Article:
OK everybody, time to analyze what will be an intense competition at a very visible, pressure-filled and point-producing position.
In the years we’ve been doing this series, you could always be sure the starter at three positions would make the list: Quarterback, tailback and kicker. You know we’ll be getting eventually to the first two. This spot is around when we’ve listed the kicker in previous years – it’s exactly where Marshall Morgan was last year – but if we knew how many games, if any, were going to come down to a last-second field goal, we’d put it higher.
This year is unique, too, as we go into the season not actually knowing who it will be. Two walk-ons competed in the spring, with Rodrigo Blankenship may have emerging with a slight edge over William Ham. And now a third walk-on, Mitchell Wasson from Lassiter High School, joins the fray.
The winner of this competition, by the way, might be rewarded with a scholarship, at least for the season. So if you think quarterback is intense …
William Ham was on Georgia’s roster in 2014, then took a year off before re-joining the team this year. (SEAN TAYLOR/UGA)
Meanwhile, the kicking uncertainty will present another issue for Georgia coaches: The travel roster. The first game is a neutral non-conference game, so there shouldn’t be many limitations, and there will be even less the following week, at home against Nicholls State. But the next two games are road SEC games, which means a 70-man limit.
The likelihood is that both Brice Ramsey and Marshall Long will travel, unless Ramsey wins the punting job and Long is kept home. Otherwise, that’s two spots for punters, so does Georgia want to use up more than three valuable travel roster spots for kicking specialists? That makes it very unlikely that Blankenship, Ham and Wasson would all travel, and very possible only one does.
The point: If Georgia hasn’t settled on a kicker by Week 3, then Kirby Smart will be very annoyed.
Blankenship was brought to campus last year with the idea that he’d be the guy in 2016. Those plans seemed awry late in the season, when then-head coach Mark Richt went up to walk-on Patrick Beless to ask if he had any eligibility remaining. Beless said he didn’t, which Richt said left him “a little disappointed.” That didn’t sound like a coach in love with his options.
No wonder Smart, upon his arrival, quipped he was “scared to death” of the kicking situation. He backed off that as spring practice went on. But he and every Georgia fan will undoubtedly be very nervous the first time a critical field goal arrives this season.
OK, that was a long intro. Let’s get on to the list.
Reminder: This is not a ranking of Georgia’s best players, so to speak. It is an evaluation of which players are most vital to the team’s success in 2016 based on their own talent, the importance of their position, the depth at certain positions, and the strengths and weaknesses of the team.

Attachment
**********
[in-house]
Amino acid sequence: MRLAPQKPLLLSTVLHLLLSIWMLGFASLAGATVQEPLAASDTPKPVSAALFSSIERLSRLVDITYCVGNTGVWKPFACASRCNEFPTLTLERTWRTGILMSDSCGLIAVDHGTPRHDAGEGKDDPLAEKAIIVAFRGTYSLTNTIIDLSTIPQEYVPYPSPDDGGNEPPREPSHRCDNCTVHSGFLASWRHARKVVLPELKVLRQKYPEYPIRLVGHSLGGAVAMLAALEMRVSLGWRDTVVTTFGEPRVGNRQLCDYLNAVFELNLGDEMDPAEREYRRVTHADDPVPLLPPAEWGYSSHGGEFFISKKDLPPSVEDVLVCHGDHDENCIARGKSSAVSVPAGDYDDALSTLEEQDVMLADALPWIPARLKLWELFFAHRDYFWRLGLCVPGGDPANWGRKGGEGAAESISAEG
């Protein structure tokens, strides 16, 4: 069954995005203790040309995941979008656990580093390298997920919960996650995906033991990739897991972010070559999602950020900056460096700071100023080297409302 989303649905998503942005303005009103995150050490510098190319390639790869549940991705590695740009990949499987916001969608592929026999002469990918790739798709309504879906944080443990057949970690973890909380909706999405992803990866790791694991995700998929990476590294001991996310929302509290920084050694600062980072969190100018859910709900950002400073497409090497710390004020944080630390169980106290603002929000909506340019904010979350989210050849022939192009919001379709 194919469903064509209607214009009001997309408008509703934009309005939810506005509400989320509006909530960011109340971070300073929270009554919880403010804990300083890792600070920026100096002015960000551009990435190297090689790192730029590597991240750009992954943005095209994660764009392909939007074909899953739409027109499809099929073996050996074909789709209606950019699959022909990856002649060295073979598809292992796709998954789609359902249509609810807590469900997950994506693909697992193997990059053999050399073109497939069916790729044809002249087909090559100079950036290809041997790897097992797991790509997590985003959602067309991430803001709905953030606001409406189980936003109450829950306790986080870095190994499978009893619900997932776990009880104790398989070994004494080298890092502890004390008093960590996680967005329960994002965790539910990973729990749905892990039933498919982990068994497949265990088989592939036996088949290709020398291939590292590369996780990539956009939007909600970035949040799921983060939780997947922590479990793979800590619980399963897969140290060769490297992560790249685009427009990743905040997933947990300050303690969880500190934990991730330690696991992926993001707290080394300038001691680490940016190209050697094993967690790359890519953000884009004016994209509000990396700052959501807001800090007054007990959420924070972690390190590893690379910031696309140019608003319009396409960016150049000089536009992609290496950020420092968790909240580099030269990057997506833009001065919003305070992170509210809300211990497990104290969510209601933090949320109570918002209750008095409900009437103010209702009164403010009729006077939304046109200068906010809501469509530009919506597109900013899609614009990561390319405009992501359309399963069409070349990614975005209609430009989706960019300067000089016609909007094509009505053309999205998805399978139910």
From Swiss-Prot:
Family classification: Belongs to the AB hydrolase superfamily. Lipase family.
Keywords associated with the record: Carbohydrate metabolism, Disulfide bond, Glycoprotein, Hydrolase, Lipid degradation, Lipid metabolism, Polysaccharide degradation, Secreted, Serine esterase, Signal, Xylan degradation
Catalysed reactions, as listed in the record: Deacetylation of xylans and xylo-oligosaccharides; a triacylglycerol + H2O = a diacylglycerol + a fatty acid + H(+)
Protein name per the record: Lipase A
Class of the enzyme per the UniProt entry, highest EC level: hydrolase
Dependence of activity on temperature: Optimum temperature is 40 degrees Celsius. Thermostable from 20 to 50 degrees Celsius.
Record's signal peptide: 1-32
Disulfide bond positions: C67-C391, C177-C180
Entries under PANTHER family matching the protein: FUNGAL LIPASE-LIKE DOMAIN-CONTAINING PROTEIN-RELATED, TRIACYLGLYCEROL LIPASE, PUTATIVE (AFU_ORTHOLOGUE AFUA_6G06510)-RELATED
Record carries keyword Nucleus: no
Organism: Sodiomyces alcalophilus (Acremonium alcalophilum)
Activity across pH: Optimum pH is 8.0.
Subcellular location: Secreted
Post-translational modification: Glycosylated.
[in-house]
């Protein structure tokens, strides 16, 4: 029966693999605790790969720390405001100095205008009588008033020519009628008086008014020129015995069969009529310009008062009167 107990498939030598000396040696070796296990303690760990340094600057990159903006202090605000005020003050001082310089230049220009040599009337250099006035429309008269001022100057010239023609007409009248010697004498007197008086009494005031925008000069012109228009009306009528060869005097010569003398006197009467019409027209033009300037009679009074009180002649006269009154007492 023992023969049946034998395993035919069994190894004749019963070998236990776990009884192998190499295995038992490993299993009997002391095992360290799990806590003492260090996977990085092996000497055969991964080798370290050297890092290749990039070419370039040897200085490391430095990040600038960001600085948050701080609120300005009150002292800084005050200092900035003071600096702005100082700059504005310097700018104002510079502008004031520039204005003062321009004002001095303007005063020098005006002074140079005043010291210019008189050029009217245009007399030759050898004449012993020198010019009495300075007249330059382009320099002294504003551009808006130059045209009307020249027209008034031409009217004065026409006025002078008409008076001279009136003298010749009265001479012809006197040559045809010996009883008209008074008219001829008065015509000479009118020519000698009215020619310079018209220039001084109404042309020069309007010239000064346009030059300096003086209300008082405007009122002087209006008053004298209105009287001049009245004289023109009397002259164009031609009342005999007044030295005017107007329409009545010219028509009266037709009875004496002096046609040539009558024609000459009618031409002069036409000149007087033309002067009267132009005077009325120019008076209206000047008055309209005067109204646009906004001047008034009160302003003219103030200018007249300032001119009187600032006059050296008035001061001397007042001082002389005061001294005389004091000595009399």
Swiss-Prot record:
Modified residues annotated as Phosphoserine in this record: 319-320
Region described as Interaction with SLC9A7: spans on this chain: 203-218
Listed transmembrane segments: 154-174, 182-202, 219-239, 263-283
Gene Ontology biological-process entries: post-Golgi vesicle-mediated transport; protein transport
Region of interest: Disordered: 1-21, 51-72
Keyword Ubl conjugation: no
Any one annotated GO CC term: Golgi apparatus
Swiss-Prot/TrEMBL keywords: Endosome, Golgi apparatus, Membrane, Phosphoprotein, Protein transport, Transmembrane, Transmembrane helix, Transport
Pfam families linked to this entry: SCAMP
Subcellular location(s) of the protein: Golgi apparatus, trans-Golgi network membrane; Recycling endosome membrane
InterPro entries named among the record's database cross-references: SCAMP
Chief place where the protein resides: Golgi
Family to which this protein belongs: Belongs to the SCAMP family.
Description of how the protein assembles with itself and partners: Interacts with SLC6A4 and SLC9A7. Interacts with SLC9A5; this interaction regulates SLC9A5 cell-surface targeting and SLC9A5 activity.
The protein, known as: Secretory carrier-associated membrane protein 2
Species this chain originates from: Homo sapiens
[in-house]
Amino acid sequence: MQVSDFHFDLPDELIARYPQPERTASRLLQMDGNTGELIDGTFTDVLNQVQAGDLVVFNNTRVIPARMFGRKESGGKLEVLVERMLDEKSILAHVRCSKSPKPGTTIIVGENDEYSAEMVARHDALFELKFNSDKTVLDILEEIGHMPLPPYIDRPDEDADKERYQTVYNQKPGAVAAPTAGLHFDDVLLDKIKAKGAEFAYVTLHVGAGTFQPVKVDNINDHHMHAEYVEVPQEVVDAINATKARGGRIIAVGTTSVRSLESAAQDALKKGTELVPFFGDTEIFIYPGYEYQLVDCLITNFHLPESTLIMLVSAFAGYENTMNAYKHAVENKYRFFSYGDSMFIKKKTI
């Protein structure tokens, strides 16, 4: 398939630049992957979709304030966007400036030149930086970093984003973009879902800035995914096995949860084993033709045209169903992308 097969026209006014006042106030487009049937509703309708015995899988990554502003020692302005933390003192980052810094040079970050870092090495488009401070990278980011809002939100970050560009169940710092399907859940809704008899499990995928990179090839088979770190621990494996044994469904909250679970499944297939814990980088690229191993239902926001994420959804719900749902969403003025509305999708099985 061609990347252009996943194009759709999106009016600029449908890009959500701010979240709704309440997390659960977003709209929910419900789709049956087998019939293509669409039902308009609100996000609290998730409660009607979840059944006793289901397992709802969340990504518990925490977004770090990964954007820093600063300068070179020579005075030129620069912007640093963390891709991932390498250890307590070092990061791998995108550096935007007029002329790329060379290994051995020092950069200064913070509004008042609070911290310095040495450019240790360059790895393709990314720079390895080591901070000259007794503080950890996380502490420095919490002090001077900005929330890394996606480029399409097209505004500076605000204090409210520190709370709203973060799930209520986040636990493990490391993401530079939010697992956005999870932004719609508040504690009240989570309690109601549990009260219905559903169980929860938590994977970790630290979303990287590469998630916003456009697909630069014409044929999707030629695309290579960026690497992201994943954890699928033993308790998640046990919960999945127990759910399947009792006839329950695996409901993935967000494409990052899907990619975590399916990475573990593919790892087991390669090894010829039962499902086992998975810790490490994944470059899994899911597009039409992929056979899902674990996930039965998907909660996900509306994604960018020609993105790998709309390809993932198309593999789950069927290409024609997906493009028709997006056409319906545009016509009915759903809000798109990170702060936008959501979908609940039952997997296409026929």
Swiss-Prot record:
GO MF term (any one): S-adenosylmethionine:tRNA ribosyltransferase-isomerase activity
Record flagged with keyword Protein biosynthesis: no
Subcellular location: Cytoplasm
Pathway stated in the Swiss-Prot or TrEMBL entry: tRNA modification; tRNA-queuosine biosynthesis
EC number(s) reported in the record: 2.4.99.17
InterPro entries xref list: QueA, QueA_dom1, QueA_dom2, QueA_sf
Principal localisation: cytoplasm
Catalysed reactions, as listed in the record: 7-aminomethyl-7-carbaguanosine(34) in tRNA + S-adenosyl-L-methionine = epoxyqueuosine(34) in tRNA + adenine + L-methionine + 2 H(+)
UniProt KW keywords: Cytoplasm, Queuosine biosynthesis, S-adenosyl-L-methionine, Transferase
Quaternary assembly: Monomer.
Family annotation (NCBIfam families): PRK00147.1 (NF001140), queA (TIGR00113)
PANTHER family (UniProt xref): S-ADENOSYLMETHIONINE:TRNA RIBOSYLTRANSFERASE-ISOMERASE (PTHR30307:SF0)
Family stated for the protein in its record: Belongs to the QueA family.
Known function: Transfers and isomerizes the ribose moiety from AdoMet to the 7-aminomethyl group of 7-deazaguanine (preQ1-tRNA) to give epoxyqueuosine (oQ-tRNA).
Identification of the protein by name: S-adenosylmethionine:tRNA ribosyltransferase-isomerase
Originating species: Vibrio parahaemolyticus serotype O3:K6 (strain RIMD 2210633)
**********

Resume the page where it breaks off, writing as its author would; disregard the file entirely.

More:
No. 12 was return specialist-receiver Isaiah McKenzie.
And No. 11, in the off chance you haven’t figured it out yet, is …
11. THE PLACE-KICKER TO BE NAMED LATER
(Rodrigo Blankenship, R-Fr.; or William Ham, Soph.; or Mitchell Wasson, Fr.)
WHY HE’S VITAL: Georgia had three games last year that arguably were decided by field goals: A three-point win over Missouri, the overtime win over Georgia Southern (a touchdown ended it, but Morgan’s field goal helped in regulation) and the six-point win over Georgia Tech. The Missouri win was the most due to kicking, with Morgan making a 34-yarrder with 1:44 left, after missing a 26-yarder four minutes before that. There have been other games where field goals made the difference. But Georgia hasn’t had many of those late, game-deciding kicking situations. Maybe it’s due.
Mitchell Wasson posing with Kirby Smart on his visit. (Via Twitter)
QUOTABLE: “On field goals it will come down to William and Roderigo as I don’t see the consistency in Wasson’s leg yet. He does have some power but that is usually a trait with all young kickers but the consistency in college is what counts. Wasson also does not have the college experience yet with getting the ball off quicker and higher. He will also need to show he can effectively kick through college /professional goal posts since they are five feet closer than high school. At least Rod and William have been doing this for awhile.” – Marc Nolan, a respected kicking coach in Atlanta who has worked with several of the candidates.
BEST CASE: A clear winner emerges in the preseason and runs away with the job, and is able to work his way in slowly against North Carolina with some easy field goals and/or extra points. Morgan (who’s trying to make the Buffalo Bills) went 18-for-25 last year on field goals, while making all his extra points. Considering the inexperience factor, that seems a realistic “best case” for this year’s kicker. But Morgan’s junior season (16-for-21) isn’t too much to ask for either.
WORST CASE: Not only does a winner not emerge in the preseason, but the place-kicker becomes a revolving door and stays that way through the season, Smart and special teams coordinator Shane Beamer struggling to find the right guy. And it costs Georgia some games.
FINAL WORD: It’s always impossible to predict circumstances, but Georgia has a handful of games that set up as potentially close – including North Carolina, Missouri and Ole Miss in the first month alone. For that reason, and many others, place-kicker is almost as worth a close watch as that other competition. Almost.
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